N6-methyladenosine Regulates RNA Abundance of SARS-CoV-2
The worldwide pandemic of COVID-19 is caused by a novel β-coronavirus SARS-CoV-2, an enveloped RNA virus with around 30 kb of a positive-sense, single-stranded RNA genome. In the host cells, the SARS-CoV-2 RNA firstly synthesizes the negative-sense RNA using its RNA-dependent RNA polymerase (RdRP), and then uses the negative-sense RNA as a template to produce positive-sense genomic and subgenomic RNAs.
RNA modifications have been identified to be present in both genomic and subgenomic RNAs of SARS-CoV-2. As the most abundant RNA methylation in mRNA, N6-methyladenosine (m6A) involves in various RNA processing and plays important roles in post-transcriptional regulations. However, the precise landscape of m6A in SARS-CoV-2 and its potential significance in regulating viral RNA metabolism and lifecycle remain unknown.
A recent study led by Dr. YANG Yungui’s lab from Beijing Institute of Genomics of the Chinese Academy of Sciences (China National Center for Bioinformation) and Dr. WANG Jianwei’s lab from Institute of Pathogen Biology of the Chinese Academy of Medical Sciences uncovered the key role of m6A in regulating abundance of SARS-CoV-2 RNA. It has been published in Cell Discovery.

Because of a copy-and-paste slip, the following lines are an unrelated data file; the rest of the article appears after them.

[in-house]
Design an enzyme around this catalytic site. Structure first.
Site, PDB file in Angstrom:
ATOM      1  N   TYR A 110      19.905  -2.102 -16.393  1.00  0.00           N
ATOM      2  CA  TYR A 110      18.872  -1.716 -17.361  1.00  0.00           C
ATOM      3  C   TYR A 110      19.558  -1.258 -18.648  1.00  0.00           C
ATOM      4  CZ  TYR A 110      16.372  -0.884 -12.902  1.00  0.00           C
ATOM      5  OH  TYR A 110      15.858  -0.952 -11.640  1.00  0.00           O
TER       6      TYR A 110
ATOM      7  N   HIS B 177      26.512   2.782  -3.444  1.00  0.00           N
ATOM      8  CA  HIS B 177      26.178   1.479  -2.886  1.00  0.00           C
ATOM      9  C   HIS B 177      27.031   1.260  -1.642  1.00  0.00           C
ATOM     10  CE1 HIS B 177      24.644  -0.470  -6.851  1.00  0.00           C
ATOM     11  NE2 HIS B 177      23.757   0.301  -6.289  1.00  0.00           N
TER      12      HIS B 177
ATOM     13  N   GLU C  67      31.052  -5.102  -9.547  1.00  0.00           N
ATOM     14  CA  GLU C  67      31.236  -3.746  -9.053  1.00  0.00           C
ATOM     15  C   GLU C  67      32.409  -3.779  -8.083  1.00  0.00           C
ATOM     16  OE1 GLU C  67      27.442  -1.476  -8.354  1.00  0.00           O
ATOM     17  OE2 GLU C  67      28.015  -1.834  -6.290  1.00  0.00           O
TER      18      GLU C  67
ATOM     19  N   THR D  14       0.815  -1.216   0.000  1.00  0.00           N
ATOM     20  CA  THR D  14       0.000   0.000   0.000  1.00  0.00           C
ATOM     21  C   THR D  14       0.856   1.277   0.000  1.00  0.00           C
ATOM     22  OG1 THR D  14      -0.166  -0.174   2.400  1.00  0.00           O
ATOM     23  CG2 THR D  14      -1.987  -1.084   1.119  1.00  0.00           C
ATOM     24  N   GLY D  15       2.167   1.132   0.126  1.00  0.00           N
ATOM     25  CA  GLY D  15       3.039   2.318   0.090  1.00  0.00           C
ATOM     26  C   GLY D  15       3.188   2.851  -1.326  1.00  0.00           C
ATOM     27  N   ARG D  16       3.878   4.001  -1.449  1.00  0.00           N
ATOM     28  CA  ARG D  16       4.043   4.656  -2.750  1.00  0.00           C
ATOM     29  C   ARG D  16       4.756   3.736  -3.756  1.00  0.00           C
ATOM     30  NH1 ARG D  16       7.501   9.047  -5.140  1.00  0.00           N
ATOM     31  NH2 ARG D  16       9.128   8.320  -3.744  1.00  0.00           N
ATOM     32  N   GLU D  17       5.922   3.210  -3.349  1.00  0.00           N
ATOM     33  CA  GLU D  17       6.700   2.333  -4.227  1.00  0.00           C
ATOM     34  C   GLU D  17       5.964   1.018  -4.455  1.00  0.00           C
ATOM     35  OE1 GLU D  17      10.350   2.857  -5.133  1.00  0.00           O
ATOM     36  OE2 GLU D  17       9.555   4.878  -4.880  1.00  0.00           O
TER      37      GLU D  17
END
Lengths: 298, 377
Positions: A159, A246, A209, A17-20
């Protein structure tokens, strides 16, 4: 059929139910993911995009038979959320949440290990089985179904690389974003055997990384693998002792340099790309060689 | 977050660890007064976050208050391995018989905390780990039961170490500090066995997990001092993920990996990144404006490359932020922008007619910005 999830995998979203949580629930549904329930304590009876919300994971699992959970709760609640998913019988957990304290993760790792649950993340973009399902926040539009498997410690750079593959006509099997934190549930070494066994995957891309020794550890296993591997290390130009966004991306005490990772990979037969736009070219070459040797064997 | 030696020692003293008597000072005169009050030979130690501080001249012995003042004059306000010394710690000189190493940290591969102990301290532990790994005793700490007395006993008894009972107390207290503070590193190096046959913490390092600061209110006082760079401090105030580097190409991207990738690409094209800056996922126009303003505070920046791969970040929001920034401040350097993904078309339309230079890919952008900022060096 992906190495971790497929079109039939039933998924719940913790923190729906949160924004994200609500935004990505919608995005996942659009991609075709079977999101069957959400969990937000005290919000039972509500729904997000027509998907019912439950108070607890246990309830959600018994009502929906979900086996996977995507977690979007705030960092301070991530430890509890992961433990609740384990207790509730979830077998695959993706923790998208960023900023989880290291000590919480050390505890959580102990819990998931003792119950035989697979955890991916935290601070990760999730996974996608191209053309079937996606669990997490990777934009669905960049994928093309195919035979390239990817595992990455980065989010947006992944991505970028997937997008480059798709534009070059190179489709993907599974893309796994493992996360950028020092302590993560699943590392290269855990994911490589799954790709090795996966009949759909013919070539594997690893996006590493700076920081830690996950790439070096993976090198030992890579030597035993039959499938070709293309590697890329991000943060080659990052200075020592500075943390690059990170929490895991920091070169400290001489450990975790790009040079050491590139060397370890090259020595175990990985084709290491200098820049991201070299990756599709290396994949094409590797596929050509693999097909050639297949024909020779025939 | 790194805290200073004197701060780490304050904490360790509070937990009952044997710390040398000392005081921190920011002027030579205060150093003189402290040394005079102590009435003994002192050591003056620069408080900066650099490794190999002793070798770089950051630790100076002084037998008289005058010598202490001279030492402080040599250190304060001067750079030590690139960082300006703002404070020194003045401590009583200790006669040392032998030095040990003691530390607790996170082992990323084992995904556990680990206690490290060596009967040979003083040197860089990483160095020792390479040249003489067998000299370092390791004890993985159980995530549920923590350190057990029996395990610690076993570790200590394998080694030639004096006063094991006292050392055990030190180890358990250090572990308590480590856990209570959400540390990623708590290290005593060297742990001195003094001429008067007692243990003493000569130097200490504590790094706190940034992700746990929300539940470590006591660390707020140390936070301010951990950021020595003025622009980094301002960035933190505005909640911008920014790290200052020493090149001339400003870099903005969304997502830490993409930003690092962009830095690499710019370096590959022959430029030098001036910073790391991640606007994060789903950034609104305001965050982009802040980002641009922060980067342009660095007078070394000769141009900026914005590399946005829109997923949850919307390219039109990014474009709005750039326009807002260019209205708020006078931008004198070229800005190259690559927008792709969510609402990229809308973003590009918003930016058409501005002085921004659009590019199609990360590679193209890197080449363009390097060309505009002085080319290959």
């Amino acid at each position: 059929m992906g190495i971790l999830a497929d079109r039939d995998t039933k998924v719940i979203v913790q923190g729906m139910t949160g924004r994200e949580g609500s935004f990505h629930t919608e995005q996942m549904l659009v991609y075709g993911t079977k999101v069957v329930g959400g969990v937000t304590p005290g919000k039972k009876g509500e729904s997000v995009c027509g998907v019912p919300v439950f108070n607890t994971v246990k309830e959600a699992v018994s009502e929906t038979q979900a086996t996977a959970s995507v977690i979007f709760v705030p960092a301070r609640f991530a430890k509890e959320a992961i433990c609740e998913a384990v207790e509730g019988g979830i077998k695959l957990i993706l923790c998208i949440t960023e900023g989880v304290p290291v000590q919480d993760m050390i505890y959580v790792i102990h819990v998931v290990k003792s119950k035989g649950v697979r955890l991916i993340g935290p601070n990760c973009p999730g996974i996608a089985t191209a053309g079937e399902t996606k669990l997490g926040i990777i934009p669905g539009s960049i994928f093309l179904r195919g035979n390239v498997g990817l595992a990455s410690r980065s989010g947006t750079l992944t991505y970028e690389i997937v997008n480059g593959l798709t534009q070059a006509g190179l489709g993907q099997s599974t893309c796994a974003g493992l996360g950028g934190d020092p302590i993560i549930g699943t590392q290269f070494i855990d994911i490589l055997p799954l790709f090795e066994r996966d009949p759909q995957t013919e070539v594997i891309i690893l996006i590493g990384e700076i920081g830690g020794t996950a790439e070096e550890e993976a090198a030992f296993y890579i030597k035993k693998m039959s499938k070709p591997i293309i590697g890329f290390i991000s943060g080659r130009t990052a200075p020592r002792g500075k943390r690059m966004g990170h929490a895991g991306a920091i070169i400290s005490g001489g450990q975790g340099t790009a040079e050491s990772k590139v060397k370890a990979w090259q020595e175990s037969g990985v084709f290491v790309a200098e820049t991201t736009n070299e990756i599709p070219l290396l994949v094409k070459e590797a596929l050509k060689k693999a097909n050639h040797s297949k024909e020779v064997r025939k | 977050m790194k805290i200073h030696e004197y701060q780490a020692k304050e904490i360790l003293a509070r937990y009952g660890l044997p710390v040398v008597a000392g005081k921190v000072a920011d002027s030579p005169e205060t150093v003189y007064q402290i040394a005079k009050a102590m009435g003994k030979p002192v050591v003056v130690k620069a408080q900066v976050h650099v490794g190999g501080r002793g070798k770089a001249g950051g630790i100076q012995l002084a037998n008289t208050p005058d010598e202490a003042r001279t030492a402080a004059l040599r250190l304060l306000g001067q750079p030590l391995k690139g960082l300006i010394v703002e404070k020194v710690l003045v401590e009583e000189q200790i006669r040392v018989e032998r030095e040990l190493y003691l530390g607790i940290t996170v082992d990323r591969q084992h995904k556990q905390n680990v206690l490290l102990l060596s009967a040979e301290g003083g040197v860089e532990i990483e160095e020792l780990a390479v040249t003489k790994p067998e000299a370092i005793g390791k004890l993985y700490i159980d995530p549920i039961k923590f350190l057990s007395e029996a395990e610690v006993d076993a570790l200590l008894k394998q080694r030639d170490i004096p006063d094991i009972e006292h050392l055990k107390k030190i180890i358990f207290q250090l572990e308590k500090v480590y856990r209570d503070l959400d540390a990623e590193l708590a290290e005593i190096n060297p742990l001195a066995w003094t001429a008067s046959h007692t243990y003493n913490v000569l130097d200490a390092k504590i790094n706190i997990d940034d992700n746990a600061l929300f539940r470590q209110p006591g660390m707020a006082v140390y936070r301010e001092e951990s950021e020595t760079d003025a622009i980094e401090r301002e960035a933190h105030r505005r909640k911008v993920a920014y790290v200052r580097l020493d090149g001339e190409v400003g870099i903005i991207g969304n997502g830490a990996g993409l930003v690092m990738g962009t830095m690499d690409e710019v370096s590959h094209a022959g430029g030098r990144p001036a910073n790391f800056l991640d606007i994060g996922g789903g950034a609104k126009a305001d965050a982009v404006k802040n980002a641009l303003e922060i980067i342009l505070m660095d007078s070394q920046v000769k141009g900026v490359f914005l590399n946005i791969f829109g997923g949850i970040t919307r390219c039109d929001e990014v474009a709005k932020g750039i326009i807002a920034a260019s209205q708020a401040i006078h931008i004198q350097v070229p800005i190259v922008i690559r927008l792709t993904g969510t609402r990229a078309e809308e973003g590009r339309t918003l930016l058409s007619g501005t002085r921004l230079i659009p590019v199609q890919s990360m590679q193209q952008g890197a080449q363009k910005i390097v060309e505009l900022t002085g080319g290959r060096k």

The researchers first used the specific m6A antibody and performed MeRIP-seq to obtain the high-resolution m6A landscape of SARS-CoV-2 RNA from infected Vero cells. They found that the depletion of m6A methyltransferase METTL3 could increase the abundance of viral RNA in host cells, suggesting that m6A might play an important regulatory role in metabolism of viral RNA.
Then, the researchers used junction reads to quantify the expression levels of each subgenomic RNA. They found that the expression of not some specific subgenomic RNAs but all of them increased upon depletion of METTL3, indicating that there was a conserved m6A-dependent mechanism for regulating all types of SARS-CoV-2 RNAs.
Besides, the researchers quantified methylation level for each m6A site between normal and METTL3 knockdown Vero cells. They found that the METTL3-targeted m6As were enriched around 3’ termini shared by all types of viral transcripts, suggesting that these m6As might involve in regulation of viral RNA degradation. More intriguingly, viral transcripts could evade this regulation by formation of shorter 3’UTRs without m6A sites through alternative splicing.
This study reveals the m6A methylome of SARS-CoV-2 and points to the significance of m6A in regulating SARS-CoV-2 RNA metabolism in host cells. It also provides theoretical and technical supports for further investigation on the underlying mechanism and biological functions.
Schematic model of the m6A regulating RNA abundance of SARS-CoV-2 (Image by YANG's group)
Dr. YANG Yungui